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Wednesday, 7 June 2017

Seized Ikoyi N13BN: Court orders permanent forfeiture of seized Ikoyi N13bn cash

Court orders permanent forfeiture of seized Ikoyi N13bn cash

The federal high court in Lagos, has ordered the final forfeiture of the monies found at an apartment in Ikoyi, Lagos to the federal government.
The monies $43 million USD;  27,800 pounds and N23 Million were found in April by the  EFCC.


The funds had been stashed in iron cabinets and ‘Ghana-must-go’ bags in the apartment before they were discovered and recovered on April 11, 2017 by the Economic and Financial Crimes Commission.
The anti-graft agency had earlier on April 13, 2017 obtained an interim court order temporarily forfeiting the funds to the Federal Government.
Justice Muslim Hassan, who granted the interim order, had given 14 days for anyone interested in the funds to appear before him to show cause why the money should not be permanently forfeited to the Federal Government.
But on May 5, 2017 when the matter came up, no one came before the judge to claim the money.
However, a private legal practitioner, Mr. Olukoya Ogungbeje, appeared before the judge with an application, urging the judge to suspend the final forfeiture proceedings pending when a three-man panel constituted by President Muhammadu Buhari in relation to the funds would submit its report.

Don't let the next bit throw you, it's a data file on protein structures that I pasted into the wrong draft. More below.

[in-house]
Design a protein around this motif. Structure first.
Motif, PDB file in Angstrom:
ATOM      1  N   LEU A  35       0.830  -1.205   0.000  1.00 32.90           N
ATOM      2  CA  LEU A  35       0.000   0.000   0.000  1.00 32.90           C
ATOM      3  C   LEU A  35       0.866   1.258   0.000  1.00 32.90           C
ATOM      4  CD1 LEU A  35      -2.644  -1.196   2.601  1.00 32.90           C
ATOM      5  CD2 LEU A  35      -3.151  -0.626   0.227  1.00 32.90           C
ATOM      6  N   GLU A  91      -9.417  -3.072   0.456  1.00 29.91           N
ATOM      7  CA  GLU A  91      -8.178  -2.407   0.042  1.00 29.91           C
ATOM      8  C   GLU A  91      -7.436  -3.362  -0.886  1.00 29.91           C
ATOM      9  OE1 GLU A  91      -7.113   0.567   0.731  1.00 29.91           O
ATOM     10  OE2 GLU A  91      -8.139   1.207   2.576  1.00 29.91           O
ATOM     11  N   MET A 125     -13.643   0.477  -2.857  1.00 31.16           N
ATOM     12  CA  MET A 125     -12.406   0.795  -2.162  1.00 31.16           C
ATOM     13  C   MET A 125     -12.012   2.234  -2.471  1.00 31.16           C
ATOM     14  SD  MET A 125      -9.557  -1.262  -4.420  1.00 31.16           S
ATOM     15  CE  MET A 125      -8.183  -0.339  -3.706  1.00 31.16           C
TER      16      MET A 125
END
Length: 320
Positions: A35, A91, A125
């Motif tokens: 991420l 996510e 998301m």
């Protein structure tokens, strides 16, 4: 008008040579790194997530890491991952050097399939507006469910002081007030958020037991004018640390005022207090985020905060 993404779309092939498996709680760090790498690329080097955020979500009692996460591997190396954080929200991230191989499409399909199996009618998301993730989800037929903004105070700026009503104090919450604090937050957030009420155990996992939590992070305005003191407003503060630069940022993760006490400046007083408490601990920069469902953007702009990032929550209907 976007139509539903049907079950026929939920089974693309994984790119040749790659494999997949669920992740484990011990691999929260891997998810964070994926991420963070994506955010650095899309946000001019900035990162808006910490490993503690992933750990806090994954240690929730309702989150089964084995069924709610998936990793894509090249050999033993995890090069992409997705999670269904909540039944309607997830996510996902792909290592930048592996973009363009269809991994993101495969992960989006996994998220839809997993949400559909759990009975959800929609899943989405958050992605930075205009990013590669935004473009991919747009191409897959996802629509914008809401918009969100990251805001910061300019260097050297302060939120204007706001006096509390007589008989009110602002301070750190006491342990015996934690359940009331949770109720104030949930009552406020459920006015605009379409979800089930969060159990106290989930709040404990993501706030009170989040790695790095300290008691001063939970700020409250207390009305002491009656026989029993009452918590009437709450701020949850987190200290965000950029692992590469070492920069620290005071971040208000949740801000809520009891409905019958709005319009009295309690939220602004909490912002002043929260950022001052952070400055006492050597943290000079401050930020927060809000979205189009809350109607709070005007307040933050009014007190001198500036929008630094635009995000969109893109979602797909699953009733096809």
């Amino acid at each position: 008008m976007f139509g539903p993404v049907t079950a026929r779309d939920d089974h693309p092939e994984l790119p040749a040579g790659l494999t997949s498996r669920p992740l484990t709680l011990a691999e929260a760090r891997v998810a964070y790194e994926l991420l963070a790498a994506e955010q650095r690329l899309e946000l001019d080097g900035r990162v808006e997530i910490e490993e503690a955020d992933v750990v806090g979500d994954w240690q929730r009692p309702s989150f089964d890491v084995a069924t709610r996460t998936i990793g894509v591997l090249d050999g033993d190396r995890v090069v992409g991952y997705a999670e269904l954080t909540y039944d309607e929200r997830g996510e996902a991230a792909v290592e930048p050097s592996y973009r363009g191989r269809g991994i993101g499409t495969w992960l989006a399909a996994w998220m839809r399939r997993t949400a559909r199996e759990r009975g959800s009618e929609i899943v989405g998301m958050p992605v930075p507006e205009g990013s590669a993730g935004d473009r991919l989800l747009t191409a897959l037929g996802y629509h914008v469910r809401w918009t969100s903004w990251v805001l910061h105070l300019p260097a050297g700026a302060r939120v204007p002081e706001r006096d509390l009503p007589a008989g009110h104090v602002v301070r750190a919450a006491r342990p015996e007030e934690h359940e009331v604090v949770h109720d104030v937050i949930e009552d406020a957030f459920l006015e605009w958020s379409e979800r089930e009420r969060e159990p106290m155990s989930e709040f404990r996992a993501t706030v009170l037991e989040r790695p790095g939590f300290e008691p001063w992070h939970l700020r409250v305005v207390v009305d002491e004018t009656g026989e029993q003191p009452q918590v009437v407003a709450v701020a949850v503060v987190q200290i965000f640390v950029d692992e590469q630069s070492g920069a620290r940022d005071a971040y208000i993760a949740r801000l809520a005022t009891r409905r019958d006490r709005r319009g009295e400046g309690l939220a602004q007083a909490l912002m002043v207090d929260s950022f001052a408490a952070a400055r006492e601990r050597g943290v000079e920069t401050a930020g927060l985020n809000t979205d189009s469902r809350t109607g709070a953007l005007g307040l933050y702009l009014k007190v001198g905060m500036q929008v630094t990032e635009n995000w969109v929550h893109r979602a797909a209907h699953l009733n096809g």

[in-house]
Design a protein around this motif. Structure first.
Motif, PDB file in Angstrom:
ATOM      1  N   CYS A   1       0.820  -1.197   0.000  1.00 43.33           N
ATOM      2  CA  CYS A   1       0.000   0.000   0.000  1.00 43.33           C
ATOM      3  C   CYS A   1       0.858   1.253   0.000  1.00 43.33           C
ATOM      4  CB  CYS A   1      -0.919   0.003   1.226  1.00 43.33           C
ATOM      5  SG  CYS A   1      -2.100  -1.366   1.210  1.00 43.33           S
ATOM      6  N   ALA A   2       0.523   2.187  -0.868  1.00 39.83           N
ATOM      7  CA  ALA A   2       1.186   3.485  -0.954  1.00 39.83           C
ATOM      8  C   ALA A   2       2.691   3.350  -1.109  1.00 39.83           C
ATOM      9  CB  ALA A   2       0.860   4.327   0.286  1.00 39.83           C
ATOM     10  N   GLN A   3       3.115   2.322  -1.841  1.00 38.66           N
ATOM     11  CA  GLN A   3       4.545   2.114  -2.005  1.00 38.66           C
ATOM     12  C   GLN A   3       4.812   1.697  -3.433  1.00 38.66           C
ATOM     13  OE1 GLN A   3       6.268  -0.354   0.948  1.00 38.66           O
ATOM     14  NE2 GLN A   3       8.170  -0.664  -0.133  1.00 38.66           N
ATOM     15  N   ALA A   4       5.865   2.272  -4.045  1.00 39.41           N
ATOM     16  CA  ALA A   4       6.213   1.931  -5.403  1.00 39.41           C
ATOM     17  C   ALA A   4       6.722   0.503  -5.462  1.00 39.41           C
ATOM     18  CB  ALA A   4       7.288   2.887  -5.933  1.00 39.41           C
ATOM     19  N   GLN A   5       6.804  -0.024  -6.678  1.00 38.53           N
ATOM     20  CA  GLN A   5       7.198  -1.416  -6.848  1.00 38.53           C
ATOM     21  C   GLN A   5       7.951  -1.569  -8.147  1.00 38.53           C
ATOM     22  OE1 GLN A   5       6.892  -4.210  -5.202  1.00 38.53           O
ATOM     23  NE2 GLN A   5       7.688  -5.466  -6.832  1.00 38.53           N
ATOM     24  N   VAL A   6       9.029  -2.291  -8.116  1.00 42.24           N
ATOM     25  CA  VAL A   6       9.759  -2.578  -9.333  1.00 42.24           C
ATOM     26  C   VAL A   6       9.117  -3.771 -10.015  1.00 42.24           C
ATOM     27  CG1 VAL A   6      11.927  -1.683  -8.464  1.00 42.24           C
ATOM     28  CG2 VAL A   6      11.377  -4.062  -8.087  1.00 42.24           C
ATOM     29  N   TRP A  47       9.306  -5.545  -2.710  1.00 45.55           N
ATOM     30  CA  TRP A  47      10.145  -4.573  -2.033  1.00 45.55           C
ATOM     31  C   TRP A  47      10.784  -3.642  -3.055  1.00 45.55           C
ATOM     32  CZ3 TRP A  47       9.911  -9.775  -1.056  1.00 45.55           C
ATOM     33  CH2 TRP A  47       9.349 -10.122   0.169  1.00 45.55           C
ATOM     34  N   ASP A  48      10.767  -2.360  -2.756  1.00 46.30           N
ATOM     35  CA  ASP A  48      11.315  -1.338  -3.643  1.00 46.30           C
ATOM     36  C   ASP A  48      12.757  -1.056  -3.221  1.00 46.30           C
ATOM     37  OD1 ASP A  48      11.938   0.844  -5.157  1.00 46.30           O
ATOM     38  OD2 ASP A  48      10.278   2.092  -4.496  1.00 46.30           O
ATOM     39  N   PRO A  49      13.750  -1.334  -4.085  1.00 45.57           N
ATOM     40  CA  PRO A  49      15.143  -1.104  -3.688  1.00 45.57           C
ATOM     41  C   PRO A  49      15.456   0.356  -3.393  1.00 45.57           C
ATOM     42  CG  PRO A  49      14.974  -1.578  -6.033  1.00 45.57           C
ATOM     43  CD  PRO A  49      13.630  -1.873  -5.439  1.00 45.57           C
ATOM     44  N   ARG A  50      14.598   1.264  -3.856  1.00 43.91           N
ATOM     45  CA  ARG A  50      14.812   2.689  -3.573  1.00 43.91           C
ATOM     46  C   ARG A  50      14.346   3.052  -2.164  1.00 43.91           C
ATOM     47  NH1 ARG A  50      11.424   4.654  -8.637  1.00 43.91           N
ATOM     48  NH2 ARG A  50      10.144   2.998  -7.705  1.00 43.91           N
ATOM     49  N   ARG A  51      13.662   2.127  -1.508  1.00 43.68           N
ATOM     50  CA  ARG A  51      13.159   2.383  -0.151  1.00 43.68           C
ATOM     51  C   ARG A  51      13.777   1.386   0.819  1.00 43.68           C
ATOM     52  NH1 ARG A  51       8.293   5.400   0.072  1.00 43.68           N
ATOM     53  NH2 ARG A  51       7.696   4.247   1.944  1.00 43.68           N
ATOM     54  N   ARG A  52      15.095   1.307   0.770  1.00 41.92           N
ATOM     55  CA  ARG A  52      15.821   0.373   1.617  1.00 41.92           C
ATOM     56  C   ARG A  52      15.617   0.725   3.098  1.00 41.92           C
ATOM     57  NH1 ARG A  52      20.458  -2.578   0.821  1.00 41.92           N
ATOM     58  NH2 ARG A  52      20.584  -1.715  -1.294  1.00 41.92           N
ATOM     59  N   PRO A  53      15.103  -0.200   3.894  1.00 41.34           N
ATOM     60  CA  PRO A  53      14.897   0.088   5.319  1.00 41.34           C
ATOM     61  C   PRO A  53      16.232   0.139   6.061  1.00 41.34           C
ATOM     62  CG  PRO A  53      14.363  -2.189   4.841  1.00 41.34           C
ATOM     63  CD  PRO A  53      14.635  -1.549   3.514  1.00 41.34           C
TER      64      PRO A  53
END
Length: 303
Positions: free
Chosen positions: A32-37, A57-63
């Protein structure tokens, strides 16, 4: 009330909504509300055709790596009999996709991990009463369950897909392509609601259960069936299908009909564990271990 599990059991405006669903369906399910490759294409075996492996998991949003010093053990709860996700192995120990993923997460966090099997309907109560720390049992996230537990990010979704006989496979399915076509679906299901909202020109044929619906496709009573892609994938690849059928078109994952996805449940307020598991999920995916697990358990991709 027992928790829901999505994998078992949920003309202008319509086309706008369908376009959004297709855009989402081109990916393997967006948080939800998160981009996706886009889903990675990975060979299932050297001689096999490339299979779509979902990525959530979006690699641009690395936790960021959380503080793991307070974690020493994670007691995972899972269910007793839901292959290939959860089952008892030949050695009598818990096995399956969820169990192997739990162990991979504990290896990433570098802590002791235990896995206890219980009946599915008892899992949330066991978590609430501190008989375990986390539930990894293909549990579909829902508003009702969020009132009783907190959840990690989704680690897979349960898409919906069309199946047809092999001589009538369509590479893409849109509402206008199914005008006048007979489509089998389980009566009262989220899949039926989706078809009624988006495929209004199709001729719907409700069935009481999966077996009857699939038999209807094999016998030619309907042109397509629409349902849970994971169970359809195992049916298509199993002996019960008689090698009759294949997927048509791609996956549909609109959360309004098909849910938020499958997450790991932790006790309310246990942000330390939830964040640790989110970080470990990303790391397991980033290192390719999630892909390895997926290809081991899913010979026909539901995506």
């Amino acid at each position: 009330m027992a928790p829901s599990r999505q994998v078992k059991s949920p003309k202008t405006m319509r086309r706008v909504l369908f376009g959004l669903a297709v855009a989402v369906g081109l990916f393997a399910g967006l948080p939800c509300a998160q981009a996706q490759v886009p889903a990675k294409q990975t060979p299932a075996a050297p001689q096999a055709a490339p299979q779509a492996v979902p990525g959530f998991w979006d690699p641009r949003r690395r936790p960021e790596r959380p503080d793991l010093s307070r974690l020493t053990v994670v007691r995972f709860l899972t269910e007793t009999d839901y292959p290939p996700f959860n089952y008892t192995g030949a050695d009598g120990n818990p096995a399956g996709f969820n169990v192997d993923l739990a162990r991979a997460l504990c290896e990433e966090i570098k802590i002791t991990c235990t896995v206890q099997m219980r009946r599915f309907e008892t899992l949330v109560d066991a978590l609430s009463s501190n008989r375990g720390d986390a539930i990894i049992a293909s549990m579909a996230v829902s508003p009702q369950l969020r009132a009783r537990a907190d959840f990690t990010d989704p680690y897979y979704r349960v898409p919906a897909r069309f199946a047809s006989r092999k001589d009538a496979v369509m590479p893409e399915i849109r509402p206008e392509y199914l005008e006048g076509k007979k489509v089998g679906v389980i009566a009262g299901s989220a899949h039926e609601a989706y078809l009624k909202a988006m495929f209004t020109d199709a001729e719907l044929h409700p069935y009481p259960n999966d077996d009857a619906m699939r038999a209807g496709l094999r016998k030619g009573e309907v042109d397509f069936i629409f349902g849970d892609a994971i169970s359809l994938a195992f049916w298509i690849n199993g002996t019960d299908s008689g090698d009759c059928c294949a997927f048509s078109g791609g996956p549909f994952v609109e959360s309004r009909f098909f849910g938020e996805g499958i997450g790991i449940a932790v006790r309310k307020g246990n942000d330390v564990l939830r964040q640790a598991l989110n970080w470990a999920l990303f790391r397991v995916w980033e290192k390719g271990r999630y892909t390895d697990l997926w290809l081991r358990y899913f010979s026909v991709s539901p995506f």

The panel, headed by the Vice-President, Prof. Yemi Osinbajo, was to probe the claim and counter-claim of the Nigeria Intelligence Agency and Rivers State Government to the funds.
But the EFCC had opposed Ogungbeje’s application and urged  Justice Hassan to dismiss it and go ahead with the forfeiture proceedings.
Ruling on Tuesday, Justice Hassan upheld the EFCC’s submission and dismissed Ogungbeje’s application for lacking in merit.
The judge described the application as totally strange, noting that having not appealed against the interim forfeiture order, Ogungbeje had no right to seek a stay of proceedings in the case.
The judge, who noted that Ogungbeje was not a party in the suit filed by the EFCC, described the lawyer as a meddlesome interloper and a busybody, adding that his application was strange to law.

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